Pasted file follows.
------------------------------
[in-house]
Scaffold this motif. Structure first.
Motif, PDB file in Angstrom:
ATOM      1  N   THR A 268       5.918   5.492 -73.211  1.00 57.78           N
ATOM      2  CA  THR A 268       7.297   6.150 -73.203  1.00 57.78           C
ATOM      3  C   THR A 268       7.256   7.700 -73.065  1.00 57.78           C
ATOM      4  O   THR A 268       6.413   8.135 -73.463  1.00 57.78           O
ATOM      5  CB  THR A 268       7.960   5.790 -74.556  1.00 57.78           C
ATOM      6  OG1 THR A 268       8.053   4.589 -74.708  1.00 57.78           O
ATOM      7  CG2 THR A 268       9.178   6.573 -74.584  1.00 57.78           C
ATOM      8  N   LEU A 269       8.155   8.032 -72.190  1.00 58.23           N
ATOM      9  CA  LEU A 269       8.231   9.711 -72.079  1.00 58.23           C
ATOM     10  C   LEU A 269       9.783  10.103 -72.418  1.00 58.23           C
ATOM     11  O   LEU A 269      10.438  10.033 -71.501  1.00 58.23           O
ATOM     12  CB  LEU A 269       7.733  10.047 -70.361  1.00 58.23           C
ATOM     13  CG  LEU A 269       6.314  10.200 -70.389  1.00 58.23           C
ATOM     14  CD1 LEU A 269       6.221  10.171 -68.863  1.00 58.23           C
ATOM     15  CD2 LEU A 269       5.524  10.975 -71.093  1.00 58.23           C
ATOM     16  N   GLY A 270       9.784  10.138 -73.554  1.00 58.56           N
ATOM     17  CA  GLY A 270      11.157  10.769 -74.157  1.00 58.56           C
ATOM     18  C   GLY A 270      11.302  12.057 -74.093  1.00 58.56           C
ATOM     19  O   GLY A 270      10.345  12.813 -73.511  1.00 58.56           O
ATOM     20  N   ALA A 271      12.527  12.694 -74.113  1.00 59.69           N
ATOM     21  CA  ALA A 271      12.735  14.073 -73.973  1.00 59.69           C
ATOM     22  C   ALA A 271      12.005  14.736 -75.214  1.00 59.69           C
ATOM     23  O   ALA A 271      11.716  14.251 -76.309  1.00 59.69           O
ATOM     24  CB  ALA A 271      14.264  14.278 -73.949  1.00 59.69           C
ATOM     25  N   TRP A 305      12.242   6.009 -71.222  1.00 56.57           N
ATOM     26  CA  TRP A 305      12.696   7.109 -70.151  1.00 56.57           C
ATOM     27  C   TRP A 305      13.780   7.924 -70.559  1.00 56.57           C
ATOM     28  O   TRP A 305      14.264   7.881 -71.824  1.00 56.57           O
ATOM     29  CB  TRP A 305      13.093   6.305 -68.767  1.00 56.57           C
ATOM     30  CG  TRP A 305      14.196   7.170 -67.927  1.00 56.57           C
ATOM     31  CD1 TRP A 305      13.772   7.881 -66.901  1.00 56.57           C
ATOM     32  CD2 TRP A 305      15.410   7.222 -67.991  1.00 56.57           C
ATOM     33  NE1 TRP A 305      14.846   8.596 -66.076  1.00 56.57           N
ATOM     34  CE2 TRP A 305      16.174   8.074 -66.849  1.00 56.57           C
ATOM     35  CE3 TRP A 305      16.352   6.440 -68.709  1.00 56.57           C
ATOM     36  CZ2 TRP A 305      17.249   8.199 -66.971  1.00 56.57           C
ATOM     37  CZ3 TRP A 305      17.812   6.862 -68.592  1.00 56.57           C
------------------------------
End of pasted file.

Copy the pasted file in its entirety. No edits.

[in-house]
Scaffold this motif. Structure first.
Motif, PDB file in Angstrom:
ATOM      1  N   THR A 268       5.918   5.492 -73.211  1.00 57.78           N
ATOM      2  CA  THR A 268       7.297   6.150 -73.203  1.00 57.78           C
ATOM      3  C   THR A 268       7.256   7.700 -73.065  1.00 57.78           C
ATOM      4  O   THR A 268       6.413   8.135 -73.463  1.00 57.78           O
ATOM      5  CB  THR A 268       7.960   5.790 -74.556  1.00 57.78           C
ATOM      6  OG1 THR A 268       8.053   4.589 -74.708  1.00 57.78           O
ATOM      7  CG2 THR A 268       9.178   6.573 -74.584  1.00 57.78           C
ATOM      8  N   LEU A 269       8.155   8.032 -72.190  1.00 58.23           N
ATOM      9  CA  LEU A 269       8.231   9.711 -72.079  1.00 58.23           C
ATOM     10  C   LEU A 269       9.783  10.103 -72.418  1.00 58.23           C
ATOM     11  O   LEU A 269      10.438  10.033 -71.501  1.00 58.23           O
ATOM     12  CB  LEU A 269       7.733  10.047 -70.361  1.00 58.23           C
ATOM     13  CG  LEU A 269       6.314  10.200 -70.389  1.00 58.23           C
ATOM     14  CD1 LEU A 269       6.221  10.171 -68.863  1.00 58.23           C
ATOM     15  CD2 LEU A 269       5.524  10.975 -71.093  1.00 58.23           C
ATOM     16  N   GLY A 270       9.784  10.138 -73.554  1.00 58.56           N
ATOM     17  CA  GLY A 270      11.157  10.769 -74.157  1.00 58.56           C
ATOM     18  C   GLY A 270      11.302  12.057 -74.093  1.00 58.56           C
ATOM     19  O   GLY A 270      10.345  12.813 -73.511  1.00 58.56           O
ATOM     20  N   ALA A 271      12.527  12.694 -74.113  1.00 59.69           N
ATOM     21  CA  ALA A 271      12.735  14.073 -73.973  1.00 59.69           C
ATOM     22  C   ALA A 271      12.005  14.736 -75.214  1.00 59.69           C
ATOM     23  O   ALA A 271      11.716  14.251 -76.309  1.00 59.69           O
ATOM     24  CB  ALA A 271      14.264  14.278 -73.949  1.00 59.69           C
ATOM     25  N   TRP A 305      12.242   6.009 -71.222  1.00 56.57           N
ATOM     26  CA  TRP A 305      12.696   7.109 -70.151  1.00 56.57           C
ATOM     27  C   TRP A 305      13.780   7.924 -70.559  1.00 56.57           C
ATOM     28  O   TRP A 305      14.264   7.881 -71.824  1.00 56.57           O
ATOM     29  CB  TRP A 305      13.093   6.305 -68.767  1.00 56.57           C
ATOM     30  CG  TRP A 305      14.196   7.170 -67.927  1.00 56.57           C
ATOM     31  CD1 TRP A 305      13.772   7.881 -66.901  1.00 56.57           C
ATOM     32  CD2 TRP A 305      15.410   7.222 -67.991  1.00 56.57           C
ATOM     33  NE1 TRP A 305      14.846   8.596 -66.076  1.00 56.57           N
ATOM     34  CE2 TRP A 305      16.174   8.074 -66.849  1.00 56.57           C
ATOM     35  CE3 TRP A 305      16.352   6.440 -68.709  1.00 56.57           C
ATOM     36  CZ2 TRP A 305      17.249   8.199 -66.971  1.00 56.57           C
ATOM     37  CZ3 TRP A 305      17.812   6.862 -68.592  1.00 56.57           C